Four Views on Salvation in a Pluralistic World - eBook
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|Format: DRM Protected ePub|
Publication Date: 2010
Availability: In Stock
Series: Counterpoints: Bible and Theology
To read the New Testament is to meet the Old Testament at every turn. But exactly how do Old Testament texts relate to their New Testament references and allusions? Moreover, what fruitful interpretive methods do New Testament texts demonstrate? Leading biblical scholars Walter Kaiser, Darrel Bock and Peter Enns each present their answers to questions surrounding the use of the Old Testament in the New Testament. Contributors address elements such as Divine and human authorial intent, the context of Old Testament references, and theological grounds for an interpretive method. Every author applies his framework to the same three texts so that readers see each methods practical use. Each contributor also receives a thorough critique from the other two authors. A one-stop reference for setting the scene and presenting approaches to the topic that respect the biblical text, Three Views on the New Testament Use of Old Testament gives readers the tools they need to develop their own views on this important subject. The Counterpoints series provides a forum for comparison and critique of different views on issues important to Christians. Counterpoints books address two categories: Church Life and Bible and Theology. Complete your library with other books in the Counterpoints series.
Stanley N. Gundry is executive vice president and editor-in-chief for the Zondervan Corporation. He has been an influential figure in the Evangelical Theological Society, serving as president of ETS and on its executive committee, and is adjunct professor of Historical Theology at Grand Rapids Theological Seminary. He is the author of seven books and has written many articles appearing in popular and academic periodicals.Dennis L. Okholm (PhD, Princeton) is professor of theology at Azusa Pacific University. Until his death in 2000, Phillips (Ph.D., Vanderbilt University) was associate professor of historical and systematic theology at Wheaton College.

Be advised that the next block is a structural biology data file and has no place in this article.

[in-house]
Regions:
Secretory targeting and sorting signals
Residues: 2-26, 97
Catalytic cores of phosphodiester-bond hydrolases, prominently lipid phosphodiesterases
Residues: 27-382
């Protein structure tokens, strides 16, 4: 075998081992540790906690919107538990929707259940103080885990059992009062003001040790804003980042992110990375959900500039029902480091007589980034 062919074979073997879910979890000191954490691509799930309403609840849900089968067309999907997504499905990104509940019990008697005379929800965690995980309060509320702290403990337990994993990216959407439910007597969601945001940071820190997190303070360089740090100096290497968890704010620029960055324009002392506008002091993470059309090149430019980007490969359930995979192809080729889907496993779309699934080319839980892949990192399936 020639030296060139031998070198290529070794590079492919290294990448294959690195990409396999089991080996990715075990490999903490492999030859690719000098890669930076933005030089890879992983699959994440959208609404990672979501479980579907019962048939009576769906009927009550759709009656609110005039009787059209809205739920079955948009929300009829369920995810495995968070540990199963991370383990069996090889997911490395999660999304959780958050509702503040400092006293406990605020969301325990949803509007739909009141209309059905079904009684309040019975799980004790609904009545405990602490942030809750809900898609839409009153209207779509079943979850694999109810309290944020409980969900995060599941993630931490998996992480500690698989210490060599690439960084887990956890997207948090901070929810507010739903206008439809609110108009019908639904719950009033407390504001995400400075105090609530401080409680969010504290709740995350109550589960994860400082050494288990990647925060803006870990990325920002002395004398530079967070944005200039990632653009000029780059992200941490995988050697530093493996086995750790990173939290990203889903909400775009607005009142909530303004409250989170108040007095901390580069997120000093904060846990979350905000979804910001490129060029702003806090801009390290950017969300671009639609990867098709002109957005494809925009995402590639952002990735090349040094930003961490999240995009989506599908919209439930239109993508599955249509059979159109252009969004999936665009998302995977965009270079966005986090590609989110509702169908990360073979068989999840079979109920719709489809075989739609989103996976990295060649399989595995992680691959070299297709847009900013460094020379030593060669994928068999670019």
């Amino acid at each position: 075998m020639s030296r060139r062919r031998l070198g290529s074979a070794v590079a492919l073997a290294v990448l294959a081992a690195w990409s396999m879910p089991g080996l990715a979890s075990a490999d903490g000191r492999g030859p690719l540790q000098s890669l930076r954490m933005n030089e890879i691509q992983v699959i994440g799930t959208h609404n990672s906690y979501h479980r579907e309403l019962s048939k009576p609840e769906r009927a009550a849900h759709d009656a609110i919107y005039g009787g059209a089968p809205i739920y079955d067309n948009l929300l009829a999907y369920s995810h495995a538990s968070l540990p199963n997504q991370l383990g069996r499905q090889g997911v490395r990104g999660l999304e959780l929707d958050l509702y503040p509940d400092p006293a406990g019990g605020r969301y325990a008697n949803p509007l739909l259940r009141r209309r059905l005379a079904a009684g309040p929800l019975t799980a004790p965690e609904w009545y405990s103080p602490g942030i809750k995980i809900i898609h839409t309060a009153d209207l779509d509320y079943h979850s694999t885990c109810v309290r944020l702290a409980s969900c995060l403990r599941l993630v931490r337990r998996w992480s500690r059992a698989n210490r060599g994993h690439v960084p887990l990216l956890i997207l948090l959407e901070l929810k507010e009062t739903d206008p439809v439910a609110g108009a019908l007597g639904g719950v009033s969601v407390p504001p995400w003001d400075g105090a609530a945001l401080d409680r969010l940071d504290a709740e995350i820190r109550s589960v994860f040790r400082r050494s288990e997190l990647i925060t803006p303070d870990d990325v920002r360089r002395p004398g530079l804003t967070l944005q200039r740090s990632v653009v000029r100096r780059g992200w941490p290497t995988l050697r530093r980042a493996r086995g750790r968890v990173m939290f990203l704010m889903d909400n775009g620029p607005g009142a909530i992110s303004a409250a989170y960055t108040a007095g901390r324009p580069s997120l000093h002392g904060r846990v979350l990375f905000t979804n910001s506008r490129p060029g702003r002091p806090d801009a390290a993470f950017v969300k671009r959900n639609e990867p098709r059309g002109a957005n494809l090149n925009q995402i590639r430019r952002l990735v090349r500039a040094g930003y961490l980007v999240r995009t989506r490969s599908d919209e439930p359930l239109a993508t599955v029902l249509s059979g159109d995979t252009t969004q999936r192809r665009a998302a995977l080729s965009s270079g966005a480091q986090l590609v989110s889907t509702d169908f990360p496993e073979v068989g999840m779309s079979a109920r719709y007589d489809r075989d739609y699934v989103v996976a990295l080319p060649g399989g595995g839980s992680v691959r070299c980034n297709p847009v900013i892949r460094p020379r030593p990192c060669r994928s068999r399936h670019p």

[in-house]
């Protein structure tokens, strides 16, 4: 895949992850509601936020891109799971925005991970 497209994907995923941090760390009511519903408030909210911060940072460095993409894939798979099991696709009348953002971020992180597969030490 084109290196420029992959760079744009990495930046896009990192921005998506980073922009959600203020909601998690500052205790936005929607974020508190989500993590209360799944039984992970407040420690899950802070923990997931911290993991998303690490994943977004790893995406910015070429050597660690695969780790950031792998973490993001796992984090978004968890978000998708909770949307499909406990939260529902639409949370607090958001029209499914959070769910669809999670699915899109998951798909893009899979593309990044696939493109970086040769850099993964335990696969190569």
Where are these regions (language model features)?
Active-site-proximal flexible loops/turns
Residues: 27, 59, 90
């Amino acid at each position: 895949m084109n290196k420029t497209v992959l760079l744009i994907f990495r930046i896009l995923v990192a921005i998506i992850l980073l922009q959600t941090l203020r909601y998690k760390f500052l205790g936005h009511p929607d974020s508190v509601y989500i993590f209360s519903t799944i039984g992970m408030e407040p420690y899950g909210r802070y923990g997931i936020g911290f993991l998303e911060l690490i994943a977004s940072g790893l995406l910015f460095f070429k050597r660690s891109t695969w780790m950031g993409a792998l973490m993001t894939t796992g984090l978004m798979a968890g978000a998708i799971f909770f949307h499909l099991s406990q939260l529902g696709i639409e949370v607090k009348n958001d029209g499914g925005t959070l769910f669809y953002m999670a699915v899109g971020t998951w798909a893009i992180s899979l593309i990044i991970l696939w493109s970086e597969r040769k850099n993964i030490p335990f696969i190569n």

David R. Bess3 Stars Out Of 5March 9, 2002David R. BessHaving studied these four views previously, I was disappointed after finishing this particular title. All of these authors could have made their arguments much more concise and readable, but none of them chose to do so.Hick basically states that many different religions lead to the same God. Pinnock holds that salvation in Christ may be found through other religions. McGrath asserts salvation is only found in a relationship with Christ, and persons who have had no chance to enter that relationship might receive God's mercy in some unknown way. Geivett and Phillips maintain salvation is only found in a relationship with Christ, and persons who have had no chance to enter that relationship will spend eternity separated from God.This book could have and should have been written in such a manner to appeal to the average layperson. These individuals are the ones who struggle with these issues and want to be better informed. Instead, all of these essays are directed towards other scholars. The overly-technical manner in which they are written will not appeal to most persons without professional theological training.For pastors and well-versed teachers, this book provides a helpful summary of four current views on salvation. For everyone else, this volume will be confusing and hard to follow.
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